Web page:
johnlink ranks UGETSU MONOGATARI (1953)

Generally speaking, the three directors from the Golden Age of Japanese film are considered to be (in no particular order) Ozu, Kurosawa, and Kenji Mizoguchi. I’ve seen precious little Ozu, but have at least seen one full length. I’ve seen several from Kurosawa. But until last night, I had seen nothing by Mizoguchi. Now I can say that I am glad that I have.


I watched UGETSU MONOGATARI (1953) on 9.16.13. It was my first viewing of the film. (You will sometimes see this film billed as, simply, UGETSU. The English translation of the title roughly comes out as Tales of the Moon and Rain, though this is one of those rare Japanese films which we Americans never bothered to Anglicize in common film language.)

Mizoguchi was a painter as well as a filmmaker, and his sense of depth and the effect of contrast is trickled throughout this picture. UGETSU plays like a dream which we are not sure is a dream: We are offered much to establish a realistic reality and then confronted with a supernatural or impossible element which questions our assumptions. His shots are beautifully constructed and meticulously efforted. In fact, I’m going to turn to the late great Roger Ebert for a quick nugget which I would not have pulled out myself:

“Mizoguchi (1898-1956) was famous for the theory that one scene should equal one cut, although sometimes he made exceptions. The great Yasujiro Ozu had the same theory, with the difference that Ozu’s camera never moved in his later films, while Mizoguchi’s style was constructed around flowing, poetic camera movement.”

In this film, Genjuro (Masayuki Mori) begins a hardworking business man who finds success due to the extra money which the combatants of a 16th century Japanese civil brought to his rural life. He becomes more hardworking, but also more greedy. His wife Miyagi (Kinuyo Tanaka) is happy for the spoils, but warns him from being too money hungry.

In a parallel story, Genjuro’s brother Tobee (Eitaro Ozawa) longs to be a samurai. The fact that he lacks training, money, status, or knowledge are no stop to him. He wants the easy path to glory. His wife Ohama (Mitsuko Mito) laments his childishness and his frequent escapes to try his hand at becoming samurai.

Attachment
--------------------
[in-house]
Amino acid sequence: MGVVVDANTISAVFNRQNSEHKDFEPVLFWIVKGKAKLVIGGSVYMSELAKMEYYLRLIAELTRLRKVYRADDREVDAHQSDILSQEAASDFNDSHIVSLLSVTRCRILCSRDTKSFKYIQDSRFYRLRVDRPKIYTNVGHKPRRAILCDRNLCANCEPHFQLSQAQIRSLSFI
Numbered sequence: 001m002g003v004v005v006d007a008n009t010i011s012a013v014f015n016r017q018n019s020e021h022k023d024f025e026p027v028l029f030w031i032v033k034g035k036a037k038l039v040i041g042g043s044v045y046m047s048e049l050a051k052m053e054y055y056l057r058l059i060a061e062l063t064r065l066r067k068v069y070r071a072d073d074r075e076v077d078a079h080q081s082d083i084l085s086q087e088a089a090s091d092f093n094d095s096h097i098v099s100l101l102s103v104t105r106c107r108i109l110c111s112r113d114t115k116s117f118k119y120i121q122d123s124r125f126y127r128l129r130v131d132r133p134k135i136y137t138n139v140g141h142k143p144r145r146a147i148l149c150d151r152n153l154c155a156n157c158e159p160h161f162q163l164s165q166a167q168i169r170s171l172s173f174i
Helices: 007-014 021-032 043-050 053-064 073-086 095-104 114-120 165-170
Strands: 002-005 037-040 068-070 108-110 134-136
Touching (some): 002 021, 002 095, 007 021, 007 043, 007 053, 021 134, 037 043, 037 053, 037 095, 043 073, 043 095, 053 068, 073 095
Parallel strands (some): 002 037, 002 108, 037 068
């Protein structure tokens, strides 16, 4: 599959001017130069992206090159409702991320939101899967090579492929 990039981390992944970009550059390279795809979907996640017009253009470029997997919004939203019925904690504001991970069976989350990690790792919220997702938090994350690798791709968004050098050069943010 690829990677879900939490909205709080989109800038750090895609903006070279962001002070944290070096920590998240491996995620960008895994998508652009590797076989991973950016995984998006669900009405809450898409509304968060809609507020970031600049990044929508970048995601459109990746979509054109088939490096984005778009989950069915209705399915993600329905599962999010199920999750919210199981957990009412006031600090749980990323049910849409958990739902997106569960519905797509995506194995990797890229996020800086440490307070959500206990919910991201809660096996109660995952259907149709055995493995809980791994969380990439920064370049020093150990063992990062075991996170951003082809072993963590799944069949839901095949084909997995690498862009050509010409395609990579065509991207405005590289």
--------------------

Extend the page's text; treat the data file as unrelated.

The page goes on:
These stories run together. What effectively happens is that the brothers chase their ghosts (which turns out to be literal and figurative) at the expense of their wives. Genjuro leaves his wife behind in a war torn area to make money, and ends up the victim of a ghostly woman who seeks love.  He forgets all about his wife and child back home, who is treated to an onslaught of raids from soldiers and frequent starvation.

In Tobee’s case, his fleeing leads directly to his wife’s rape as she tries to track him down. He ultimately achieves glory through deception and luck, while she becomes a woman of the night.

That these men are given an opportunity to redeem themselves shows the humanity inherent in the story. It is arguable which of the women suffers more, but there is no arguing the cause of the suffering is their husband.

Tobee and Genjuro are separate cases. In Genjuro we see the fall of a great man and father. We see him lured by the temptations of money and lust. We see a man who is married more to material things than he is to his wife.

In Tobee we see a man who has never had to become a man. He acts impulsively, childishly. He becomes a success through no honest means. The lure of greatness supersedes any thought of his wife.  We see a man who is more married to the ego than he is to his wife.

Both are likable for their faults. Tobee is funny, providing much of the comic relief in the film. Genjuro is a good father and solid husband at the film’s outset. We know that his goal, initially, is to make good by his family. As we watch him get swept away in the tide of fortune, we hope he can swim back.

Mizoguchi condemns them both through their wives. The pain of the men is emotional rather than experiential. They see the product of their single-mindedness, even if they don’t have to go through it themselves. We get the sense that Mizoguchi has a hard time forgiving them for that, even as we do as an audience.


This is a beautiful film to behold. The above scene on the water is hauntingly foggy and perfectly shot. The scenes with the ghosts are not quite right, while never feeling forced. A moment at the end with Genjuro returning home gives all its answers in a subtle film trick at the start of the scene. It happens so quickly you question what you saw. Film audiences of 1953 did not have the luxury of backing up the movie on the DVR. I wish I hadn’t either. I thought I saw something, thought I saw an impossible thing happen, but wasn’t sure. I wish I had experienced the entire scene with that uncertainty rather than feeling like I had to be the smartest guy in a room I was alone in.

This is wonderful Japanese cinema. In terms of entertainment, it falls in a place better than the slice of life brought forth by Ozu and not quite as freewheeling as the adventurous films of Kurosawa. It held me quite at attention throughout. It made me eager to find some more Mizoguchi to absorb.



The score of this film is absolutely perfect. Often, a single drum, or a single instrument plays like a heartbeat at varying rates. Sometimes the music becomes fantastical. When the choice is silence, we can feel the silence. Truly awesome music.



~ by johnlink00 on September 17, 2013.

2 Responses to “johnlink ranks UGETSU MONOGATARI (1953)”


  2. […] being impressed greatly by Kenji  Mizoguchi’s UGESTU, I’ll certainly give anything else of his a shot. WOMEN OF THE NIGHT comes in five years […]

Leave a Reply

Fill in your details below or click an icon to log in: Logo

You are commenting using your account. Log Out /  Change )

Facebook photo

You are commenting using your Facebook account. Log Out /  Change )

Connecting to %s

%d bloggers like this: